Loading Events
  • This event has passed.
Zhang Yexing, Out of the Windows, 2022
Xu Hongxiang, A Good View No. 10, 2017
Yan Heng, Absinthe, 2021

Thesis/Antithesis: Part 2

28 April 2022 - 5 June 2022



Ora-Ora is pleased to announce the line-up for Part 2 of its thrilling two-part exhibition entitled Thesis/Antithesis. The show is curated by Sovereign Art prize finalist Gary Mok Wai Hong with support from Kris Fan. Following the success of Part 1 (which featured artists Chen Yingjie and Huang Yulong), Part 2’s artists are contemporary Chinese artists Cai Yaling, Xu Hongxiang, Yan Heng and Zhang Yexing.

Thesis/Antithesis: Part 2’s artists represent a subtle, linear progression from past masters, channelling language of the past to probe interwoven generational connections, the overwhelming force of memory, or the wondrous absurdities of seduction or human agency. Visitors will be urged to address their own experience and personal history as an impetus or hinderance to their own momentum.

Central Academy of Fine Arts-educated (“CAFA”) Zhang Yexing presents works of oil on canvas, gathering the flotsam of our common memories. Ranged before him in the studio are images from film, from political events, or from family history, creating “painting as a continuous work, with the accumulation of materials over time.” What emerges is a stuffed larder of noise, emotions and thoughts. Zhang Yexing’s artworks reflect the willingness of all four artists to delve into the treasures of yesterday, to challenge contemporary assumptions through the might of learning and of history. His painting process is one of layering, of correcting himself, eventually presenting a completed painting which is itself a layered excavation, thick and replete with oil.

Xu Hongxiang’s art has a distinctive sense of place, born from his selectively cropped presentation of the scenery and landscapes he interprets. Creating scenes which hint at fauvist colour schemes, he forms a patchwork of hues and textures which are rooted in a subjective scent of milieu and ambience. Also a CAFA graduate, his metalwork practice lends a distinctive materiality to his painterly depictions of people, trees and flora.

Thesis/Antithesis Part 2’s artists dissect contemporary life through a lens of admiration for the pioneers that preceded them. In the words of Sir Isaac Newton, if they have been able to see further, it is by “standing on the shoulders of giants.” Each of these artists draws the red line from inspiration to the inspired, channelling imagery or materials from the past, to comment on the present and the human condition. Boundaries form an inspiration rather than a limitation. In the words of Zhang Yexing, “There is a lot to explore and discover on canvas, so I choose to stay within one medium and explore the rules of painting.”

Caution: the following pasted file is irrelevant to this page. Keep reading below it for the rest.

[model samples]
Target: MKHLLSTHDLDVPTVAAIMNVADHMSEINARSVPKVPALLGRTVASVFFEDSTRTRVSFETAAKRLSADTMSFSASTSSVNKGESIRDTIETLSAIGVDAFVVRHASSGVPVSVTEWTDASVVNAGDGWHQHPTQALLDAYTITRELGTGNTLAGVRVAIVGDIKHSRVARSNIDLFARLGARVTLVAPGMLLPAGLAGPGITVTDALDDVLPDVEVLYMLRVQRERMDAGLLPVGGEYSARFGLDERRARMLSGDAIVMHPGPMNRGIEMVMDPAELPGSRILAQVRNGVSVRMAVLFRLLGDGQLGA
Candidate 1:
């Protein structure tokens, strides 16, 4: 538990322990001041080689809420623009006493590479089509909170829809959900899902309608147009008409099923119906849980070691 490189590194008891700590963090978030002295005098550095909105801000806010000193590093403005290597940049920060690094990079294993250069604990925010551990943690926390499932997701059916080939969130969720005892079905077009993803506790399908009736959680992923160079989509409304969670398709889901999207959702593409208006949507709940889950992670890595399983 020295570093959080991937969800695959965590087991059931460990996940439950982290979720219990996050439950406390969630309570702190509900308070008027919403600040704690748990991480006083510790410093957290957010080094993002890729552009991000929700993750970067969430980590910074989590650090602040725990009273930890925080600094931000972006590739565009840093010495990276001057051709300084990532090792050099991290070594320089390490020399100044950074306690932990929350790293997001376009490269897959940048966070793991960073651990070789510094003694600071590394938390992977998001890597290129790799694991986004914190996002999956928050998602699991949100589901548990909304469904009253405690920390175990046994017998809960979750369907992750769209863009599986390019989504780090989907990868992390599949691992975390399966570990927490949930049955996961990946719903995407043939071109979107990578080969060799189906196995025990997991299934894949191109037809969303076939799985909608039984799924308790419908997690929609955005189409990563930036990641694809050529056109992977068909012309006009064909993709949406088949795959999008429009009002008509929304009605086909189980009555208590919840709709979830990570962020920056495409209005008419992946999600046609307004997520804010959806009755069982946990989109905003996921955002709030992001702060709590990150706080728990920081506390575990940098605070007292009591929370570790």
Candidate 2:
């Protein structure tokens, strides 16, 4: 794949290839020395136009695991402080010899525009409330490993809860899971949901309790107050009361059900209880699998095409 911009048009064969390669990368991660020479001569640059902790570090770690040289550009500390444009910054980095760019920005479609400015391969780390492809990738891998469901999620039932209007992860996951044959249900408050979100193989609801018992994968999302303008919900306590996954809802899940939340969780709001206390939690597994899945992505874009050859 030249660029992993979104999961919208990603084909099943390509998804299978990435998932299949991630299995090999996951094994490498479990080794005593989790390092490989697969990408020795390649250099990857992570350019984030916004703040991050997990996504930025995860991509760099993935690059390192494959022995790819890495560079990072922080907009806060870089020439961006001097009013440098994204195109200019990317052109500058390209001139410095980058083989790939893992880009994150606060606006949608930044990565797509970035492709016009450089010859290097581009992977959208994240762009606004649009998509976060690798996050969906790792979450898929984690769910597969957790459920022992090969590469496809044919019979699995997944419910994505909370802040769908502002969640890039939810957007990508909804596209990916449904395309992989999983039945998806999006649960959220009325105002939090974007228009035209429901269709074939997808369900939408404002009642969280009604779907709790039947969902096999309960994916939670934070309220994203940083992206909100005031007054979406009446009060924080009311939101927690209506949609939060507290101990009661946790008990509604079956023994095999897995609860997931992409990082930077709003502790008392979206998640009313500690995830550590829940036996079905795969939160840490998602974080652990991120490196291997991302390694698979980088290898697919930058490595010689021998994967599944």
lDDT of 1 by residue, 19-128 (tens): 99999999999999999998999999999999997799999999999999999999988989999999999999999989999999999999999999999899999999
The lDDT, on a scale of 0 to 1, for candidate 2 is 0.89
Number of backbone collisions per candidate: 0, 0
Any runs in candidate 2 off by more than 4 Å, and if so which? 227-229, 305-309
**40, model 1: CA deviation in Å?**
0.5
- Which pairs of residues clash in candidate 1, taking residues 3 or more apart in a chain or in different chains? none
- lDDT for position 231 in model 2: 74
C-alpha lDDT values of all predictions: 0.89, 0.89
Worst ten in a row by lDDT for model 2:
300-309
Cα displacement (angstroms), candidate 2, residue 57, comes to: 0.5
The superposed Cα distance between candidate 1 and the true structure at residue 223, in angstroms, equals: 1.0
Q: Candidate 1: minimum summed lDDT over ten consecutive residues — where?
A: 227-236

Artist Cai Yaling is currently under the tutelage of ground-breaking artist Xu Bing at CAFA. Her work We Are No Different (2020) weaves biological connections between generations. Photographing her hair, her mother’s and her daughter’s hair to build a spliced cross-generational narrative that resembles the liquid history of the sea, she writes a chronicle which is both eternal, universal and resolutely personal. Her practice is rooted in the notion that all women are connected, forging a positive message of communion, sisterhood and solidarity. We will also be presenting BITCHES (2020), a provocative artwork of beads and stainless steel. The painfully layered word is explored in full sight, inviting visitors to contemplate the shadow it casts as much as the word itself.

Yan Heng presents images which draw on varied narratives of our forebears. Embodiments of glamour and seduction are paired with Salvador Dali-esque mischief and gentle ribaldry. Bright young socialites from yesteryear are lost in a reverie of the previous night, creating a double layer of memory and distance. The artist playfully explores the wayward and powerful effects of Absinthe on artists and creators in the early 20th century, merging history with a dose of the fantastical. He deploys monochrome and a full colour palette with equal ferocity to illuminate astonishing juxtapositions and seeming contradictions, creating memento mori of menacing frivolity. He draws inspiration from Paris, endorsing Ernest Hemingway’s nostalgia for the city, “for Paris is a moveable feast.” Just as the city of light continues to inspire Yan Heng – reminiscences of the past crowd onto the canvas in the present. Yan Heng poses the question: do these remnants preclude or encourage innovation and human agency?